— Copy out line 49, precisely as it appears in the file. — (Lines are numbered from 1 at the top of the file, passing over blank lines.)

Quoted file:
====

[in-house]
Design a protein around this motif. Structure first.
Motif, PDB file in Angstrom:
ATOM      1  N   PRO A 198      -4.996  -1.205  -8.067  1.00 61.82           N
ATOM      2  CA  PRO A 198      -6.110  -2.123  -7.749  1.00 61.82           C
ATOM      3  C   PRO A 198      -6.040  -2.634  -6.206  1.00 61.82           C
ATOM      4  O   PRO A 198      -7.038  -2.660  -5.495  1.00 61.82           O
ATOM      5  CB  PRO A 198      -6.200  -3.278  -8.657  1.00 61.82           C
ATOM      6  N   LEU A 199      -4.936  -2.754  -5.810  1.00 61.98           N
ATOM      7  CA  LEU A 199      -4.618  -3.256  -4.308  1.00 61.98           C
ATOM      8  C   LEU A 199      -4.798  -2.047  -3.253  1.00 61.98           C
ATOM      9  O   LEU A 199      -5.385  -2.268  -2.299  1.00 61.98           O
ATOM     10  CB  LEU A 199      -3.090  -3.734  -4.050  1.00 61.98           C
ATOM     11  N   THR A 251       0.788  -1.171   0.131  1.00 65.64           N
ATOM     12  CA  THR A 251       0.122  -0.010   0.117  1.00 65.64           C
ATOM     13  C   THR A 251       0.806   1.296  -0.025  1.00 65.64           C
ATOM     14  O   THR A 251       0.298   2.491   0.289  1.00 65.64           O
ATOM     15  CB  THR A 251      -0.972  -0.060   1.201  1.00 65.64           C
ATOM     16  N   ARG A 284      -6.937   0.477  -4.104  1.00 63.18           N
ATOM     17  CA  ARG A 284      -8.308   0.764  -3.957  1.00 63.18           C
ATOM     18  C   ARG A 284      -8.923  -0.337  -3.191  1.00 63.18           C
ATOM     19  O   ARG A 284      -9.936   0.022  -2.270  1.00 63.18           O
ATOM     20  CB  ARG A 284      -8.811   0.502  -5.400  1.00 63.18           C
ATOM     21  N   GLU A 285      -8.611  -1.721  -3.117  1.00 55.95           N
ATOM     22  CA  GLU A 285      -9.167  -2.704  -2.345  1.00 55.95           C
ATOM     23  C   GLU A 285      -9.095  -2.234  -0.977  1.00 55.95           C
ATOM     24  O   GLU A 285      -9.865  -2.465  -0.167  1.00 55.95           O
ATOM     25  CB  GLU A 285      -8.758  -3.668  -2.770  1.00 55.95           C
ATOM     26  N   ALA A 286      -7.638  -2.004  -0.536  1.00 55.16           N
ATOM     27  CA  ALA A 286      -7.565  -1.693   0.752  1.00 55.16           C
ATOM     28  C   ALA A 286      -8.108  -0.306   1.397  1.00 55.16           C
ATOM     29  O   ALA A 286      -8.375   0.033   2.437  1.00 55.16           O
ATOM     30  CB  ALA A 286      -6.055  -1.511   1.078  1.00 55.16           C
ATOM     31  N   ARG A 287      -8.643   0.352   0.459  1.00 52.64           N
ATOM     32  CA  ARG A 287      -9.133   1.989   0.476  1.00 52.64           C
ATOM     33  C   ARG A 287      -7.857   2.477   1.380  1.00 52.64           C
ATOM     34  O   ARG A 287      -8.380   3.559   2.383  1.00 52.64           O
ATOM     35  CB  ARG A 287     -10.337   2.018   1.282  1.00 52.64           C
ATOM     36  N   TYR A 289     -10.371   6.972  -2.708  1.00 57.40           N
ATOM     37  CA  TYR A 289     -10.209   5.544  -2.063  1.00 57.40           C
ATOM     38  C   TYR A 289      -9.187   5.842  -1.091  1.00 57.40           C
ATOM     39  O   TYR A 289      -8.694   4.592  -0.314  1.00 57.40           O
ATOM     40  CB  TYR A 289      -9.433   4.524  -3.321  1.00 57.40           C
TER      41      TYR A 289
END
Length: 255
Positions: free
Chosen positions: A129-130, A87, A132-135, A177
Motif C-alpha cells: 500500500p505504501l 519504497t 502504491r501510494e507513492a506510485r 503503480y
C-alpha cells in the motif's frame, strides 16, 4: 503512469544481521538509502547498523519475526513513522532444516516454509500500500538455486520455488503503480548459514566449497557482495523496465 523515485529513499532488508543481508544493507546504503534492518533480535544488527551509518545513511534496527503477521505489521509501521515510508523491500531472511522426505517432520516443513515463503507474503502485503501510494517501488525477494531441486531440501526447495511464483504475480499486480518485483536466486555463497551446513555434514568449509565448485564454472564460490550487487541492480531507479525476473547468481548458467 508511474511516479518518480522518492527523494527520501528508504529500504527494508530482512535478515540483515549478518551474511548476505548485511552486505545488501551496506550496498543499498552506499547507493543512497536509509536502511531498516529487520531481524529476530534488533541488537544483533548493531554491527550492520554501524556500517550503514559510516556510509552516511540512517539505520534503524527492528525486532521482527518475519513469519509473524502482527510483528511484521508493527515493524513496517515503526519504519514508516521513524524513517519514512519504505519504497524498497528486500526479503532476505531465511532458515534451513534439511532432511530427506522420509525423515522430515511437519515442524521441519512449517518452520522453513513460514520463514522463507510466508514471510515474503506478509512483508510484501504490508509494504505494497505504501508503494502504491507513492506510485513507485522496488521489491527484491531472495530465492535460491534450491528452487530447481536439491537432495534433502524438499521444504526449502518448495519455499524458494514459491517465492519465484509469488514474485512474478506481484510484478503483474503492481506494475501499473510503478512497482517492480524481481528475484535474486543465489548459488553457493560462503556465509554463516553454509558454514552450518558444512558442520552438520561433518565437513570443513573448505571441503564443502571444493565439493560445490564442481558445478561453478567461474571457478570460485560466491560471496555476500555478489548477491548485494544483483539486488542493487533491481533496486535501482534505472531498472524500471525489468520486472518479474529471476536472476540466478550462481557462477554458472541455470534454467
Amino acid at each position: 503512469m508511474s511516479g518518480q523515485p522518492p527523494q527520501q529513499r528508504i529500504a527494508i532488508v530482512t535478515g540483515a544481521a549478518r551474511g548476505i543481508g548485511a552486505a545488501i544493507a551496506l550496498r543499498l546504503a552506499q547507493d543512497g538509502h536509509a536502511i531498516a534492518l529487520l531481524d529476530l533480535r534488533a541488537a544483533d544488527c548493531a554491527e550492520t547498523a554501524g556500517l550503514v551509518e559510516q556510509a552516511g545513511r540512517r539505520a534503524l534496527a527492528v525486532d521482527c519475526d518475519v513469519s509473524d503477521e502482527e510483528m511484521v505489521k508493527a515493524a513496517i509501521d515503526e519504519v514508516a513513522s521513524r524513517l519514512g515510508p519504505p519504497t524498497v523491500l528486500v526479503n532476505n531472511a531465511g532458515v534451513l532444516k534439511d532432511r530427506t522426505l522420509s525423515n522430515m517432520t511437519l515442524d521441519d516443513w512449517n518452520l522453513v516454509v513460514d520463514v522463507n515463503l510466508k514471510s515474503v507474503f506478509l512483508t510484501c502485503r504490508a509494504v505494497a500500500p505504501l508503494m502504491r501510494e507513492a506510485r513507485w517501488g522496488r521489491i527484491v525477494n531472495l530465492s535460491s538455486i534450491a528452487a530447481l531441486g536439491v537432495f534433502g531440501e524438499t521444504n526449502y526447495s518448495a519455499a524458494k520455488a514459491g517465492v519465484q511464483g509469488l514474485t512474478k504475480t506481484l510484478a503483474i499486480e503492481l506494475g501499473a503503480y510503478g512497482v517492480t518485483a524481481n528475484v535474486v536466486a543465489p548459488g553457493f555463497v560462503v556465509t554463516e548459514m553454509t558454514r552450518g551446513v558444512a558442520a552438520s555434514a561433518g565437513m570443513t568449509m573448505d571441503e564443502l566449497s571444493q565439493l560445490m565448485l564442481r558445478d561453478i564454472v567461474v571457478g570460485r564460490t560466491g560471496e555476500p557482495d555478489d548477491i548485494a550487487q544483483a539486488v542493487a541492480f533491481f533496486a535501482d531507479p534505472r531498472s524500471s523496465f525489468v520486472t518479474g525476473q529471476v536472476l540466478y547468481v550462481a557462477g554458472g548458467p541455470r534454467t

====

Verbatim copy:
Motif C-alpha cells: 500500500p505504501l 519504497t 502504491r501510494e507513492a506510485r 503503480y